The world is getting pretty good at producing renewable power, as solar and wind continue to become more efficient, less expensive and more widely adopted. Renewable fuel, however – beyond problematic biofuels – is more of a challenge, but there are signs of progress, in Germany in particular.
The latest advance comes in Falkenhagen, a little town about 45 miles east of Berlin. There, E.On is closing in on putting to work a system that uses power from a nearby wind farm to turn water into hydrogen, which is then shot straight into the area’s natural gas system. Though hardly a behemoth at 2 megawatts, the company responsible for building the hydrogen production facility for E.On, Hydrogenics of Ontario, Canada, called it the “largest power to gas facility in the world.”
E.on said it ran a three-hour test of the system, producing and putting to use 160 cubic meters of hydrogen, and hopes to have the “P2G” unit in service in late August:
Once operational, it will use surplus renewable-source electricity to produce about 360 cubic meters of hydrogen per hour. It will therefore harness renewable-source electricity that otherwise could not be fed into the grid. The region’s wind farms already frequently produce more electricity than the local grid can handle.
So what this is, really, is a way to store wind power. Instead of turning off the turbines, or using the power to move water up a hill (effective but site-specific and expensive pumped hydro) or charge a battery (expensive), it’s displacing a fossil fuel.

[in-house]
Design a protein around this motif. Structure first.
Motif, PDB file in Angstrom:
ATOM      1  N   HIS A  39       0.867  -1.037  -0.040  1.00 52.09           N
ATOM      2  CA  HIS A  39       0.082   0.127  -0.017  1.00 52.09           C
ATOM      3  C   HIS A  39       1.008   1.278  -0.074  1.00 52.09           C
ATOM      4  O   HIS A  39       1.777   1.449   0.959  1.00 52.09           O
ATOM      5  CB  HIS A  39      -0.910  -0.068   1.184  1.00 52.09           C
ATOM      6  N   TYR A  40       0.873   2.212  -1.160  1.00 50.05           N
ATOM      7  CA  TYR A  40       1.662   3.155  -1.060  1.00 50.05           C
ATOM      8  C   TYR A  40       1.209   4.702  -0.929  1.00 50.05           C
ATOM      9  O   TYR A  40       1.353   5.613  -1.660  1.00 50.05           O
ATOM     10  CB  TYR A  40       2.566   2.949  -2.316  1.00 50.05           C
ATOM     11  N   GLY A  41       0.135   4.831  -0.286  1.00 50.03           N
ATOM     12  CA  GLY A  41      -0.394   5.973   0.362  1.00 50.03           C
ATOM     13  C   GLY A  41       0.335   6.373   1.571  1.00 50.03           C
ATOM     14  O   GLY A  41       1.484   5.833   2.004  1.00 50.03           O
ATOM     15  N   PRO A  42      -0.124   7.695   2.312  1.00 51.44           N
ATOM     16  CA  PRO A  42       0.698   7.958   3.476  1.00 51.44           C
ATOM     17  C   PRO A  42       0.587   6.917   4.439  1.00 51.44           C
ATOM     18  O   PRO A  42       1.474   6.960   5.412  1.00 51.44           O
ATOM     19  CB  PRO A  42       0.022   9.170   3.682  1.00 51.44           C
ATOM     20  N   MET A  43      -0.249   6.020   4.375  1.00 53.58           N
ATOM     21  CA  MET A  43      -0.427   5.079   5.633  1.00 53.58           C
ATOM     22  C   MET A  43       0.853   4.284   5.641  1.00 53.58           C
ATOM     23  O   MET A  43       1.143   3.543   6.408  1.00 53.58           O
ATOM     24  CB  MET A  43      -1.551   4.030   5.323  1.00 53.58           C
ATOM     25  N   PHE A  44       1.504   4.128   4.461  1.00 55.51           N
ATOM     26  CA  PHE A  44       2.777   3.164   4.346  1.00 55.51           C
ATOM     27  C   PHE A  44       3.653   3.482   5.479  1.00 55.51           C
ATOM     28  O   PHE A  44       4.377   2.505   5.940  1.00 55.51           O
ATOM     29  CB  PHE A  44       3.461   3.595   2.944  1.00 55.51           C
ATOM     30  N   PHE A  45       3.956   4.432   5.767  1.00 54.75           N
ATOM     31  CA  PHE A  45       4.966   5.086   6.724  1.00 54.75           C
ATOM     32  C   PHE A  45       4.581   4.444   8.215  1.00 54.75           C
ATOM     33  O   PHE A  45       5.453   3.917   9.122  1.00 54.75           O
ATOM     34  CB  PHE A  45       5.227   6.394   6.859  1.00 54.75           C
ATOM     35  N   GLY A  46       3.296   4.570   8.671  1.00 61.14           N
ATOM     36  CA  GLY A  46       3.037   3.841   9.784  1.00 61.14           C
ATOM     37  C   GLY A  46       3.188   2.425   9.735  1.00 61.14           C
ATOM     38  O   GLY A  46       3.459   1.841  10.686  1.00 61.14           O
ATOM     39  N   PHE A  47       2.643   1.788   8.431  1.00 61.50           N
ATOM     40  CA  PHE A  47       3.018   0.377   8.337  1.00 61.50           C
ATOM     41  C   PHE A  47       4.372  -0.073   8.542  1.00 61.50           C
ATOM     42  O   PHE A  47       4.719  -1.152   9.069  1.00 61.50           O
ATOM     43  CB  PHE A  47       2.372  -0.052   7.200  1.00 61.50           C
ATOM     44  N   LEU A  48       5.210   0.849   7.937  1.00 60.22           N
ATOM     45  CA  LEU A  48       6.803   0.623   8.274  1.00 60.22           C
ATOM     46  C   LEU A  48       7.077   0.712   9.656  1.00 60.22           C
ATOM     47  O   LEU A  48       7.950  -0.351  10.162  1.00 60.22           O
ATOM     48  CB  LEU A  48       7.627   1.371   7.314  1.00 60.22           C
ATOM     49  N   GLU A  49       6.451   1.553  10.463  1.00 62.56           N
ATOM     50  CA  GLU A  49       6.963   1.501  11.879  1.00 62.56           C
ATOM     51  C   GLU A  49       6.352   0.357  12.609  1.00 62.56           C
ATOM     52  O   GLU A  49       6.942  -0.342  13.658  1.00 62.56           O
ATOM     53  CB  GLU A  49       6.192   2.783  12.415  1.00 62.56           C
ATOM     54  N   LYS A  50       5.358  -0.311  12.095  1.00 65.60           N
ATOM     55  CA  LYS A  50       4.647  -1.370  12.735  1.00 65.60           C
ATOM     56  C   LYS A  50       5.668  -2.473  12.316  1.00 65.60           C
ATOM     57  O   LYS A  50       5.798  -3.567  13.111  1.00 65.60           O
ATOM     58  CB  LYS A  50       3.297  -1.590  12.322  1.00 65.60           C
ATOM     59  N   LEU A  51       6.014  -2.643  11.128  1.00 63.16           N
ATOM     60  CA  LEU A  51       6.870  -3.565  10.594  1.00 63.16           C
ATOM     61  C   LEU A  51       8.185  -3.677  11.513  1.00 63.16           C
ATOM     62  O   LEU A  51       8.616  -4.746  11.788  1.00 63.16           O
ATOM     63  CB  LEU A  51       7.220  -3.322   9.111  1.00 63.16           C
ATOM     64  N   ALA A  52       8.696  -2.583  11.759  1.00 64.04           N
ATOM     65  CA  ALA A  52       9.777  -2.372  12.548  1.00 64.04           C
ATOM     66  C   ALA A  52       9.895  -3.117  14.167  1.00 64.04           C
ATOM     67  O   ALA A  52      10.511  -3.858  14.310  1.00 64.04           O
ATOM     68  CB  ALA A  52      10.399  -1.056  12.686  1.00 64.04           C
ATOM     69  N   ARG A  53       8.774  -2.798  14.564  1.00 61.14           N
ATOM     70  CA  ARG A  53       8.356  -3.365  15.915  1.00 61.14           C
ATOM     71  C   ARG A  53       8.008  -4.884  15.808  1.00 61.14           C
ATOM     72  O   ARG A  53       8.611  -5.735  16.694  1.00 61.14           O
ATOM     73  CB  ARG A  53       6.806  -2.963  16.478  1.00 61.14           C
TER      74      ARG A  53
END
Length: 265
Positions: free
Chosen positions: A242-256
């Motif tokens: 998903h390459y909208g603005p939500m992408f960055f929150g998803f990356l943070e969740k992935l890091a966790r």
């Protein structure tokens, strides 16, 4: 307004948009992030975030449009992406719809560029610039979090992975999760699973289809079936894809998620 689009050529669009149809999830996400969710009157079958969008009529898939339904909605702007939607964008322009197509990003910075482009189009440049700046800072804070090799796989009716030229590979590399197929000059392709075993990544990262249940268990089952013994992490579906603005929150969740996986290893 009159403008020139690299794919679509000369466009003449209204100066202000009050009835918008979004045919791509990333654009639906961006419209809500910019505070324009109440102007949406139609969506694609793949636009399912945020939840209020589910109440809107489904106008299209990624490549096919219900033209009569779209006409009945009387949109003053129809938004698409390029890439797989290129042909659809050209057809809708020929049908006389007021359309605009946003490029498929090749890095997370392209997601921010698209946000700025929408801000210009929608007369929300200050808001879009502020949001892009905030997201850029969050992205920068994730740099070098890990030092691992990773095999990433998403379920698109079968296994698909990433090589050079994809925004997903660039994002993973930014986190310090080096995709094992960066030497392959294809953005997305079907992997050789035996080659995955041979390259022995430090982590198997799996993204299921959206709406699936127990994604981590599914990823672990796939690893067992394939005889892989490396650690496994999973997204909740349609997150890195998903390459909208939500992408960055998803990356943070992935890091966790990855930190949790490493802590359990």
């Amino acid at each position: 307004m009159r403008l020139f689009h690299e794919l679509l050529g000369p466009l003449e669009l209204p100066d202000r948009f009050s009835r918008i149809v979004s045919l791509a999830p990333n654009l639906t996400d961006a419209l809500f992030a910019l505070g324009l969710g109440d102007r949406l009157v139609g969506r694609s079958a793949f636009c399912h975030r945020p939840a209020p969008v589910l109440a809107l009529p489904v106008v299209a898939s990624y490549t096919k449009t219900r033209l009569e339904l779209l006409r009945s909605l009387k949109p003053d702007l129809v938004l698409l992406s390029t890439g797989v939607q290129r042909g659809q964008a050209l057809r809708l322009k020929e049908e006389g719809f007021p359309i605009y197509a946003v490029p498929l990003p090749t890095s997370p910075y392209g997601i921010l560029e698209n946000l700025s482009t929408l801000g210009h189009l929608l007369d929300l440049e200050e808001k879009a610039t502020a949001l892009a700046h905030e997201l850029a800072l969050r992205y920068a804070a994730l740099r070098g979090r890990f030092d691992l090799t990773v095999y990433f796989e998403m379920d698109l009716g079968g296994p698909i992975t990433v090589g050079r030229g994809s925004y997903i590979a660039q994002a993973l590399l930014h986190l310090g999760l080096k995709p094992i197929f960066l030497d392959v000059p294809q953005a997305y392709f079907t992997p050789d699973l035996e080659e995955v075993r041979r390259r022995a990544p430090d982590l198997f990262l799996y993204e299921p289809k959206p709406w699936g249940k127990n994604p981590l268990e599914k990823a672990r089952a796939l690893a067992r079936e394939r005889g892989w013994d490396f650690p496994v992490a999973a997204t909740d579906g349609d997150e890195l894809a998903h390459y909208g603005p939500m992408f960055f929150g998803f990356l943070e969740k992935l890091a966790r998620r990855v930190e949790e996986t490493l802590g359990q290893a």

What’s especially interesting here is that last step — the use of the hydrogen in the natural gas pipeline. We recently reported on a report commissioned by the U.S. Department of Energy, “Blending Hydrogen into Natural Gas Pipeline Networks: A Review of Key Issues,” in which the authors sound a fairly optimistic note about the possibility of putting the country’s extensive gas pipeline system to work for clean hydrogen’s benefit. They don’t give the idea a 100 percent endorsement — because of the nature of hydrogen, the natural gas system can only take small percentages without extensive reworking — but their review of the issues says that the pluses appeared significant enough to warrant further study. So while the E.on project in Germany is fairly small at 2 megawatts, it should provide valuable insight that will help guide subsequent approaches with the technology.
Other similar approaches include putting hydrogen produced from excess renewables to work in fuel cells, and reacting it with CO2 from bioenergy plants to produce a carbon neutral methane, sometimes known as “renewable methane” or synthetic methane. This synthetic methane could go directly into the natural gas pipeline without the limitations of hydrogen. A 25-kilowatt demonstration plant using just such a system is operating in Germany.